Head Russian Investigator Denies Accusation of Death Threats

The head of Russia’s Investigative Committee, Alexander Bastrykin, has denied accusations by the editor-in-chief of the Russian opposition newspaper Novaya Gazeta about “questioning” journalist Sergei Sokolov in a forest, the daily Izvestiya reported on its website on Thursday.

Dmitry Muratov, the editor-in-chief of Novaya Gazeta, in an open letter said that Alexander Bastrykin’s bodyguards forced Sokolov earlier this month to go with them to a forest outside Moscow where Bastrykin threatened the journalist.

“First, I don’t even remember the last time I was in the forest. My work is so intense that I have no time for trips to nature. Second, the conflict with Novaya Gazeta started over the boorish and disgusting article on investigations of a bloodbath in 2010 in the village of Kushchyovskoye in the Krasnodar region,” Bastrykin said in his interview to the daily, referring to an article that Sokolov had written at the time.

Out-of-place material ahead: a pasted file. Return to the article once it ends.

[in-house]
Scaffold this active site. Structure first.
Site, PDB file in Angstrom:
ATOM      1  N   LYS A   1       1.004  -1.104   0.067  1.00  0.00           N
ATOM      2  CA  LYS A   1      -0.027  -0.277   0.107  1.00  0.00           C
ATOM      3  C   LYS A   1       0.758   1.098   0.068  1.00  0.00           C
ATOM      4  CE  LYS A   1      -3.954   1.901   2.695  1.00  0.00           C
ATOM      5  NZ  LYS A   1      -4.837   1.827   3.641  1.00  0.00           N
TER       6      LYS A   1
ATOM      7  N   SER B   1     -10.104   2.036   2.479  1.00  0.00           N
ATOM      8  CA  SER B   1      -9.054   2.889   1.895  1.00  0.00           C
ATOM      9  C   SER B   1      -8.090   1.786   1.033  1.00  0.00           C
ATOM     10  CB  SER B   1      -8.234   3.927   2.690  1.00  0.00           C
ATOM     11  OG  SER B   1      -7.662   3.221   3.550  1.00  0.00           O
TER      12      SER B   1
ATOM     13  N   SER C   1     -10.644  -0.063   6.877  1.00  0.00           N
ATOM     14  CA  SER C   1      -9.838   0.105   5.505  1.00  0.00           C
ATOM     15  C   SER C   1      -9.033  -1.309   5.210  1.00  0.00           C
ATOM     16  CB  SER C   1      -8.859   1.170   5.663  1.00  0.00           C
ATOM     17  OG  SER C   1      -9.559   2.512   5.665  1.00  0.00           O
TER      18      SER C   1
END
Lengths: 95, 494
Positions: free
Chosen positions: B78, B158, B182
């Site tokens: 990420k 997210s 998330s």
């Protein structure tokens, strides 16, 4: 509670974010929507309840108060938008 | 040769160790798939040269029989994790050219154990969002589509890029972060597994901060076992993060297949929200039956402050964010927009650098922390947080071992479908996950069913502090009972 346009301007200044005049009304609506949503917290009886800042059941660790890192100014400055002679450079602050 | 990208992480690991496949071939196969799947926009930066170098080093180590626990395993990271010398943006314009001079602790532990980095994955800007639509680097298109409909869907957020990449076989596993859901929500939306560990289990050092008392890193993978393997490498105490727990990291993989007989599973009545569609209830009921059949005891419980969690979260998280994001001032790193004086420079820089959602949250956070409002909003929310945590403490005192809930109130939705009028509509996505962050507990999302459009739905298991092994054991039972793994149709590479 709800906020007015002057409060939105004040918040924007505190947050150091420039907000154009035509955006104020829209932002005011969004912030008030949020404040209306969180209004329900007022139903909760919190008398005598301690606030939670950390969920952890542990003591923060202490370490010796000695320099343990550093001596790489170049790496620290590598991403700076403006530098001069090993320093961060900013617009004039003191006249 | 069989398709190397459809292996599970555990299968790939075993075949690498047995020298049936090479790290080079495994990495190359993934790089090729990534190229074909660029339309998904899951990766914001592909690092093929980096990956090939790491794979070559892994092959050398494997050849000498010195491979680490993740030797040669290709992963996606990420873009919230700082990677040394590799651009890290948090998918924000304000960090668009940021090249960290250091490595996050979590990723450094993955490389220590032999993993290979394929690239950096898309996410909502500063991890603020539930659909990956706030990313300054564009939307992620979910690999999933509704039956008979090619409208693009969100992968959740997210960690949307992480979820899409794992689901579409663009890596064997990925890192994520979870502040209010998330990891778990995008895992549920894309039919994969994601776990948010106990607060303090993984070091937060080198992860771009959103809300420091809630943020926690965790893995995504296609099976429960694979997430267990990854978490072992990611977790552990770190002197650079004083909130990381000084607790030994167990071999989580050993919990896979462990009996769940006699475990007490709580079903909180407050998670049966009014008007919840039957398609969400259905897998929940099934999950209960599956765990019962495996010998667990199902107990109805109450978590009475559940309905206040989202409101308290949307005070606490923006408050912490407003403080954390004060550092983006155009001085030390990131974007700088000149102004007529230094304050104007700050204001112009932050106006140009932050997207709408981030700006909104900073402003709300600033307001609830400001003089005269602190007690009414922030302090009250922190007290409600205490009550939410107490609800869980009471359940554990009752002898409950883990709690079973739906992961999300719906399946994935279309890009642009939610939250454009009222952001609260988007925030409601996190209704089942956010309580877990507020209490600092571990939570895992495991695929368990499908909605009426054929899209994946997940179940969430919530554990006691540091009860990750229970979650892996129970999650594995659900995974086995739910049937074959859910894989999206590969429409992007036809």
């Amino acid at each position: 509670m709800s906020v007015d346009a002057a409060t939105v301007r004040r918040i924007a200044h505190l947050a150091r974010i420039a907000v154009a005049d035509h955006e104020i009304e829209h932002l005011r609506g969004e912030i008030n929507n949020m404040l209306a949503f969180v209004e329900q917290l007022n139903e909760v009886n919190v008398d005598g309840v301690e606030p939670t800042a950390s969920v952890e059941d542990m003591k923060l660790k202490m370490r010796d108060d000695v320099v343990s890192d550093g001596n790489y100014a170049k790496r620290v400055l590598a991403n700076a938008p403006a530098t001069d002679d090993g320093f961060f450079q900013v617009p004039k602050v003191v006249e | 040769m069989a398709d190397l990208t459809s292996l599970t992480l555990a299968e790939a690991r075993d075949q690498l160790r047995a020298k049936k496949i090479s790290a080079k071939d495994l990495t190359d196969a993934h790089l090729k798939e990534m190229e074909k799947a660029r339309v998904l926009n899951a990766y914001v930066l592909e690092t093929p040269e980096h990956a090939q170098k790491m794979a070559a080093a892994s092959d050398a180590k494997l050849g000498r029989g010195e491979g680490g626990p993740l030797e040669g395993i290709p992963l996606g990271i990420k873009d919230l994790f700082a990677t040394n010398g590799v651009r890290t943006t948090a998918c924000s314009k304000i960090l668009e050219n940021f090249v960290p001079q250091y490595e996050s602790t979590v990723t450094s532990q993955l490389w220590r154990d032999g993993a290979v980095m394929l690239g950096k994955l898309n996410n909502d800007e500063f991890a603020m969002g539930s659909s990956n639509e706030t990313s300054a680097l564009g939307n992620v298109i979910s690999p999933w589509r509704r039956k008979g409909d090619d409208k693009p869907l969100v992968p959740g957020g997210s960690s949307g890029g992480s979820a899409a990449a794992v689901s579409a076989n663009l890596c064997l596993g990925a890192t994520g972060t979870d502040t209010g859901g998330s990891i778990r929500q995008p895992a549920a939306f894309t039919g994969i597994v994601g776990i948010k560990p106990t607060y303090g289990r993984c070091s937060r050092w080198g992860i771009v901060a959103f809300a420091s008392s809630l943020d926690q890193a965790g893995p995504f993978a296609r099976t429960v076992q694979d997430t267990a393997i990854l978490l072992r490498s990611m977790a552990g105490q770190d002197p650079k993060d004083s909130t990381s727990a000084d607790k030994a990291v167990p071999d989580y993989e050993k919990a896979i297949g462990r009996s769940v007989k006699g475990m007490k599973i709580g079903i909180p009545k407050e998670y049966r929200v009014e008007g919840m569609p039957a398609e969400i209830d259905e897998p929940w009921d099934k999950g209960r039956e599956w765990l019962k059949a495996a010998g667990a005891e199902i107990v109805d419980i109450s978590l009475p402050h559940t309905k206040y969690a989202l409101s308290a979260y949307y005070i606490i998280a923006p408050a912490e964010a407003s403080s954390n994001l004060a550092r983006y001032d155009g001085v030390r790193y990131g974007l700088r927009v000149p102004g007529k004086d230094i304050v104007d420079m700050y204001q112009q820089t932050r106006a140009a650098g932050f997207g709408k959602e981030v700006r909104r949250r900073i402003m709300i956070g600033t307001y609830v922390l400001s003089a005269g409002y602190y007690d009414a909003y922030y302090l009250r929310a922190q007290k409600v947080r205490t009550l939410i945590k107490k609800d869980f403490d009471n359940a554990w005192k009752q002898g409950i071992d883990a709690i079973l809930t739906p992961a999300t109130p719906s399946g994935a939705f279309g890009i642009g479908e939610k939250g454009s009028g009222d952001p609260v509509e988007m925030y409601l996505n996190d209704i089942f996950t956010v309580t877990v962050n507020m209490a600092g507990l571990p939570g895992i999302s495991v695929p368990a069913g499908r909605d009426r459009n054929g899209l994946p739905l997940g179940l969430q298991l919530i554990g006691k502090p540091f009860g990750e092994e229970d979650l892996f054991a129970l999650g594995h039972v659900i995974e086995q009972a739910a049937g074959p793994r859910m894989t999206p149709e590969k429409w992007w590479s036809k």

Bastrykin admitted that his reaction to the article was “emotional.”

“I just felt hurt, not so much for me as for [other] investigators who often risk their lives doing their job … I agree, the luxury of expressing my emotion. I had to endure, rather than trying explain to an unscrupulous journalist what is good and what is bad. There is nothing to apologize for,” Bastrykin said.

“Again, nobody took anyone to a forest. It’s just nonsense from a hothead. There was a very emotional conversation,” Bastrykin added.

Bastrykin and Sokolov had a public falling-out over a bloodbath in 2010 in the village of Kushchyovskoye in the Krasnodar region, where a local gang murdered 12 people, including four children.

One member of the gang, Sergei Tsepovyaz, a former municipal deputy from the ruling United Russia party, got away with a fine of 150,000 rubles ($4,500) last month after being found guilty of covering up the murders. The sentence prompted Sokolov to dub the Investigative Committee and other state officials “the foundation of power” of such gangs.

The investigation concluded that Tsepovyaz was not a gang member and did not kill anyone.

Sokolov later apologized to Bastrykin, who refused to accept the apology and said the journalist’s words would have merited a duel in tsarist times.


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